Footprint Guide: Egypt
Most people figure that I must take three crates of books with me on vacation, given that I buy dozens. I actually don't. Usually I take one "guidebook" that lists hotels or restaurants and the major sights, and one reference book with information about the stuff that we're going to see. For Scotland, that was a castles reference book. For Egypt, a book on hieroglyphs.
Which creates a dilemma. Which one of the dozens of books do I take? Many people swear by Lonely Planet (LP), others by Rough Guides, or the old standbys Fodor or Frommer. I used to be in the Rough Guide camp, until I found a guidebook by Footprint Handbooks. Absolutely the best book that I've come across. Concise, comprehensive, and well-organized. I was impressed enough by the Egypt guide that I bought others (in preparation for Future Trips!), including going back to replace my ratty Scotland Tourist Guide with a new Footprint Handbook.
Most other books (notably LP) assume that you are a budget traveler, and offer little in the way of information on the more out-of-the-way or expensive journeys. While Rough Guide is a pleasure for its down-to-earth style and tidbits of local interest (for example, "for the best captain, ask for X"), they are sometimes a bit thin on detailed site information. Frommer's and Fodor's are standard tourist guides, with short blurbs you would expect from a bus-tour guide, and they don't stray far from the international hotel chains and western restaurants.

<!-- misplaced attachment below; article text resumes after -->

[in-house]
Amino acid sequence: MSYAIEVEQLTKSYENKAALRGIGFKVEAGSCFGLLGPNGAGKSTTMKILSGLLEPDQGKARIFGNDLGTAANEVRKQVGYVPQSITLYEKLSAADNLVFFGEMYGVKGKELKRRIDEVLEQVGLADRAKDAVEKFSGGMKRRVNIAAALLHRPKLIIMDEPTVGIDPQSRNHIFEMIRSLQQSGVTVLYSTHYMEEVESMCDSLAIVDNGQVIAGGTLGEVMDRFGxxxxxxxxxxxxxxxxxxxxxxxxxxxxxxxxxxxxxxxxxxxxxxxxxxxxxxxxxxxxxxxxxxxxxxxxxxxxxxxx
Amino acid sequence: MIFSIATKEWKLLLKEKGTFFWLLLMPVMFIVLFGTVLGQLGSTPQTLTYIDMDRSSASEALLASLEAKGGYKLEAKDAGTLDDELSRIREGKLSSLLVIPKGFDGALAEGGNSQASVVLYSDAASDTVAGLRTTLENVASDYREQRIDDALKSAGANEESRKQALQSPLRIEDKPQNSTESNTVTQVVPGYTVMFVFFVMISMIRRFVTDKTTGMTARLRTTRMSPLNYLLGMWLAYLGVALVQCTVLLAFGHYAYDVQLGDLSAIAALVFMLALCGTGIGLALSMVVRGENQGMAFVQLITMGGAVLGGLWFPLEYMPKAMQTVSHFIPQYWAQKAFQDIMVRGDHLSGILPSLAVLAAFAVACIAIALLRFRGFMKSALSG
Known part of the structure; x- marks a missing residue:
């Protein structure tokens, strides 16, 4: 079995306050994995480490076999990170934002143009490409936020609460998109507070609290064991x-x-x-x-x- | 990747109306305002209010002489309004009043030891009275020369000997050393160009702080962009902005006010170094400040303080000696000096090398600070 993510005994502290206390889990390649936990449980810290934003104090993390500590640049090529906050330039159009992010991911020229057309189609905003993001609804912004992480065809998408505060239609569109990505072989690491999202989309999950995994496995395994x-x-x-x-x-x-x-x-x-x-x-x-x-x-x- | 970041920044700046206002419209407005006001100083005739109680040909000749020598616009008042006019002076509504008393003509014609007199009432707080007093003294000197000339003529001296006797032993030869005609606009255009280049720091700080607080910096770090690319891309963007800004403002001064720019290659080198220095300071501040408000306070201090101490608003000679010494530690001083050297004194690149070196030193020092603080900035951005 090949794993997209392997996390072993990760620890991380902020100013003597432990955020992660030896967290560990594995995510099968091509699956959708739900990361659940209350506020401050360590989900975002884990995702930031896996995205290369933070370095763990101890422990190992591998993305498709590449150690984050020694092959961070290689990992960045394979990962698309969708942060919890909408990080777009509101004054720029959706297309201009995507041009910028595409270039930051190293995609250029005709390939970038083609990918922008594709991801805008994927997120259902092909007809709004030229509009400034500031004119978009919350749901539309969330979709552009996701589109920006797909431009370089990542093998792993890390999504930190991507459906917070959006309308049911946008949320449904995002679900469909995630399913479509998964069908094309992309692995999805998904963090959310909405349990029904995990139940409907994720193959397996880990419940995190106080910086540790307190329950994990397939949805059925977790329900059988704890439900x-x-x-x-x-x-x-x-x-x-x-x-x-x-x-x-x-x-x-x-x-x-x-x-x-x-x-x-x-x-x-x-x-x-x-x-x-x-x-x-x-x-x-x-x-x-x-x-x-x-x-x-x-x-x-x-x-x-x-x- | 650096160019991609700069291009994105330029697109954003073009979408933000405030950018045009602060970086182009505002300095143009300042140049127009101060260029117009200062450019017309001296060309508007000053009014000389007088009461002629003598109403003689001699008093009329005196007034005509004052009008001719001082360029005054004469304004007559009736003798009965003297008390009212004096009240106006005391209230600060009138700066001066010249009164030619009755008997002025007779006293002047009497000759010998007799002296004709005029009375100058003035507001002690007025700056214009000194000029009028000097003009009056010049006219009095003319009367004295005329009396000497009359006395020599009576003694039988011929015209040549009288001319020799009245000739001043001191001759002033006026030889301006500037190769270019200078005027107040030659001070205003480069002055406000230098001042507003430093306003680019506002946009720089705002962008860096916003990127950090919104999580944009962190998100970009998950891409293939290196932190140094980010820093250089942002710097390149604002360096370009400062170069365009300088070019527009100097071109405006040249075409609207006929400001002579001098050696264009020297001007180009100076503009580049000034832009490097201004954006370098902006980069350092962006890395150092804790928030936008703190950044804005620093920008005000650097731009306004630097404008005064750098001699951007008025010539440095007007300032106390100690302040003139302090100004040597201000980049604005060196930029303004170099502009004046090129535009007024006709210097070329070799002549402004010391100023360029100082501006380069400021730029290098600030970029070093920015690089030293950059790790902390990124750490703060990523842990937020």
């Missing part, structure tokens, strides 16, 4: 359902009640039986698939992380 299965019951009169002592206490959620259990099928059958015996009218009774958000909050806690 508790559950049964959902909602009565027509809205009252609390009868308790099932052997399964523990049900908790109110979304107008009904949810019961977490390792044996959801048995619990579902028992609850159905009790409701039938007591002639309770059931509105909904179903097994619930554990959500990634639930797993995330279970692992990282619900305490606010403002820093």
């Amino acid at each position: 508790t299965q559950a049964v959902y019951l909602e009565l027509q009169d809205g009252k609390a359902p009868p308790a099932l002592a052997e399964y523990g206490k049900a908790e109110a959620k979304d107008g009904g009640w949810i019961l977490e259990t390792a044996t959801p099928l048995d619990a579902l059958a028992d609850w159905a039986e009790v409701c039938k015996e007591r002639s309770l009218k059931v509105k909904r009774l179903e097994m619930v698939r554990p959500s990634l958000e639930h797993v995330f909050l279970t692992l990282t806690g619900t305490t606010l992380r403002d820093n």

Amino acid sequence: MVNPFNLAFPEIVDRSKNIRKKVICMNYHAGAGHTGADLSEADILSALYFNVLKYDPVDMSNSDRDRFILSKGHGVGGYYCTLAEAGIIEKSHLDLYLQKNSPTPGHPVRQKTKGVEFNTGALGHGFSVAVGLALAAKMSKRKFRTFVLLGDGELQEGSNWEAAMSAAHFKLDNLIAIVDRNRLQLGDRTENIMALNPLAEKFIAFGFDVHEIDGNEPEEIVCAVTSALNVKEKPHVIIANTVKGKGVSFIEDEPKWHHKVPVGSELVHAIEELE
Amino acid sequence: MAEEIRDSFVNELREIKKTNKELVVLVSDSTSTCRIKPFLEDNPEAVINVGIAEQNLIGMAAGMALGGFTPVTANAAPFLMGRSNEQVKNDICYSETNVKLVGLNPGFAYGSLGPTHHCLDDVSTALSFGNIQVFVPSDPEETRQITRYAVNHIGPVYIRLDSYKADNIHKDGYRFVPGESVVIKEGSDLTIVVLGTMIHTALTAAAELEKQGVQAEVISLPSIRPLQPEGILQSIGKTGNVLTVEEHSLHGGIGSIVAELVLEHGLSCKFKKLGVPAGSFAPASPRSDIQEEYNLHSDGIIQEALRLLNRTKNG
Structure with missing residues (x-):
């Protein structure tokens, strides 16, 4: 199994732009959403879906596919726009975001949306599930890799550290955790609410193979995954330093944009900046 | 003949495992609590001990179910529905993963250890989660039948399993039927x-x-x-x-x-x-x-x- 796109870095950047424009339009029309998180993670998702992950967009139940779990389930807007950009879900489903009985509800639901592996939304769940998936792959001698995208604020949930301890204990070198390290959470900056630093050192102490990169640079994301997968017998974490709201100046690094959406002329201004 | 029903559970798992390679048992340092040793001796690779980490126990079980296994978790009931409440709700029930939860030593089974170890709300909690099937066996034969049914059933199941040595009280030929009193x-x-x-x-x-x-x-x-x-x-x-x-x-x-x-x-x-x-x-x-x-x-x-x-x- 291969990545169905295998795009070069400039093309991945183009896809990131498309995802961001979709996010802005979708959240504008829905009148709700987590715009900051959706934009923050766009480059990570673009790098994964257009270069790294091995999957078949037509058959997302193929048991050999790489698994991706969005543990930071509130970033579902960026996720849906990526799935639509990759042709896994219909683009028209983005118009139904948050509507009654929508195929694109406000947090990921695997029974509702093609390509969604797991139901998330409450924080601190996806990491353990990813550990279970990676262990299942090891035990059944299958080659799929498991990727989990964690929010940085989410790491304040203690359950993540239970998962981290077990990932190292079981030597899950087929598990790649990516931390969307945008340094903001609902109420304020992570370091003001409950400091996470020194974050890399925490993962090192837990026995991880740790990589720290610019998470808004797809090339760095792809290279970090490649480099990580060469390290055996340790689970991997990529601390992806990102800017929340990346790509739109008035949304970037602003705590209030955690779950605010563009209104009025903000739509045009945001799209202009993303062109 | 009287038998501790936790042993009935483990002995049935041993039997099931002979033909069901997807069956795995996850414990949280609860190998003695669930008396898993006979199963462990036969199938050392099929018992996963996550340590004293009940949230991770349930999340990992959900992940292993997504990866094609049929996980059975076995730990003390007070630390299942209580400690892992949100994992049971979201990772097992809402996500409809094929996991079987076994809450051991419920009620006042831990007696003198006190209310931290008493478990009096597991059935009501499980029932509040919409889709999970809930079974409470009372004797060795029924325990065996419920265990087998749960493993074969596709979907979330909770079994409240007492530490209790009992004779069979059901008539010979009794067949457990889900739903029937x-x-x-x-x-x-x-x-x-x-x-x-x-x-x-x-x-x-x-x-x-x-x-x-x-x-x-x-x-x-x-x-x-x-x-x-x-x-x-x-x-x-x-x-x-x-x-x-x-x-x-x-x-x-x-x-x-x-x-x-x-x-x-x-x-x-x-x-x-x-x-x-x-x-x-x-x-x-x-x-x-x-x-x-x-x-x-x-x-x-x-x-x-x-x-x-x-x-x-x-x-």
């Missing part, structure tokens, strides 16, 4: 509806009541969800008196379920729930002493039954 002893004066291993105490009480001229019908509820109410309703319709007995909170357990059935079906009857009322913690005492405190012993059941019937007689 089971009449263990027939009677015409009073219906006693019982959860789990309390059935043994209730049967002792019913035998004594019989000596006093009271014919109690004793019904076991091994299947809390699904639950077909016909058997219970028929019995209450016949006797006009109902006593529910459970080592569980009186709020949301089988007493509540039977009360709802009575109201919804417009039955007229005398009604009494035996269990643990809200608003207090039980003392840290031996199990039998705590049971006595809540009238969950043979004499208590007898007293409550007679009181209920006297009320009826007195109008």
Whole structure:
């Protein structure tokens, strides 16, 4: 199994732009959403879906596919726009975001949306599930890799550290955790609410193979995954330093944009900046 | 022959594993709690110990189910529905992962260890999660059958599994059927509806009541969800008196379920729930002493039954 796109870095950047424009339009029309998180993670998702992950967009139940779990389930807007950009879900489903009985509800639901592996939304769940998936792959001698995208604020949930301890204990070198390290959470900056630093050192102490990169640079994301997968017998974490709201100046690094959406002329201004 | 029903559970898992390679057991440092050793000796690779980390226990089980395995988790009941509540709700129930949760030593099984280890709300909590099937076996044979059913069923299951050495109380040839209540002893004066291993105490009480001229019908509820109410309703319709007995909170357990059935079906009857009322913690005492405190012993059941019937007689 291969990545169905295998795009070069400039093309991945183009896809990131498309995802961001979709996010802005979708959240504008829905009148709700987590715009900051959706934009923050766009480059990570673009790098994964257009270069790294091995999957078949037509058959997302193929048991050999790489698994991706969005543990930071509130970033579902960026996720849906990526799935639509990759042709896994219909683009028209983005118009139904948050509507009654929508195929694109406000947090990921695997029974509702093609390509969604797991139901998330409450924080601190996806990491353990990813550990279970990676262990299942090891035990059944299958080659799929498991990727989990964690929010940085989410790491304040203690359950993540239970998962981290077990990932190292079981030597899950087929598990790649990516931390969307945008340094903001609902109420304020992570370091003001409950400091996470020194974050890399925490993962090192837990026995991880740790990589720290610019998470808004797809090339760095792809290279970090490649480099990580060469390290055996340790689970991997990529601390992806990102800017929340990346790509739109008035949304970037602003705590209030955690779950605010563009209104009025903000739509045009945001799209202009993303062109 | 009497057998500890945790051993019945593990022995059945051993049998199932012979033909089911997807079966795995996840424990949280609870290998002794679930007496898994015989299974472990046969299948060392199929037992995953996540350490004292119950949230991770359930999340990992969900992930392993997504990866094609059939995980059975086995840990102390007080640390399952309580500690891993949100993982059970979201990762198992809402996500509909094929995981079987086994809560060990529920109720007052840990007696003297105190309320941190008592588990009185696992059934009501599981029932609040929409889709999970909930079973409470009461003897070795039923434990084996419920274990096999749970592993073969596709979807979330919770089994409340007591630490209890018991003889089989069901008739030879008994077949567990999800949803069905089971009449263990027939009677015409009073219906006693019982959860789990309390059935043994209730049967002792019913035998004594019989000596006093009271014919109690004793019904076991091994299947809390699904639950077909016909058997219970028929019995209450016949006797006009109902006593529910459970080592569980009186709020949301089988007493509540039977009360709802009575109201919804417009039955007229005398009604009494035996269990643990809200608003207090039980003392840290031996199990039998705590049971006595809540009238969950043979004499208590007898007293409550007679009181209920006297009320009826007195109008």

Footprint guides have detailed information about nearly every town and site that you might visit, with recommendations for lodging and food. Most of the tombs and temples have detailed descriptions and floor plans, and the sidebars offer interesting cultural and historical information. The logistical information (train schedules, air, costs, and maps) are superb.
Each section is headlined with brief notes about transportation, lodging suggestions, and restaurant suggestions in a gazetteer format. All the major tourist sights are clearly described, and many not-so-major ones are covered as well. I personally like visiting the places that most tourists never get to, and having information at my fingertips about the "road less traveled" is a big selling point for me.
The layout of the book is very intuitive -- chapters are grouped by general region, and each town or major site has a section devoted to it. Section titles and headers are off to the side of the text, making it easy to scan the page edges for just the information you are looking for. My only complaint about the book is that the abundance of typefaces and styles used in the layout can be a bit distracting. This seems to be consistent between the guidebooks for different areas, so at least it's predictable.
Online updates and information are available from Footprinthandbooks.com.
Footprint Handbook: Egypt is the best overall book that I've found and I will wholeheartedly recommend it. This one gets packed.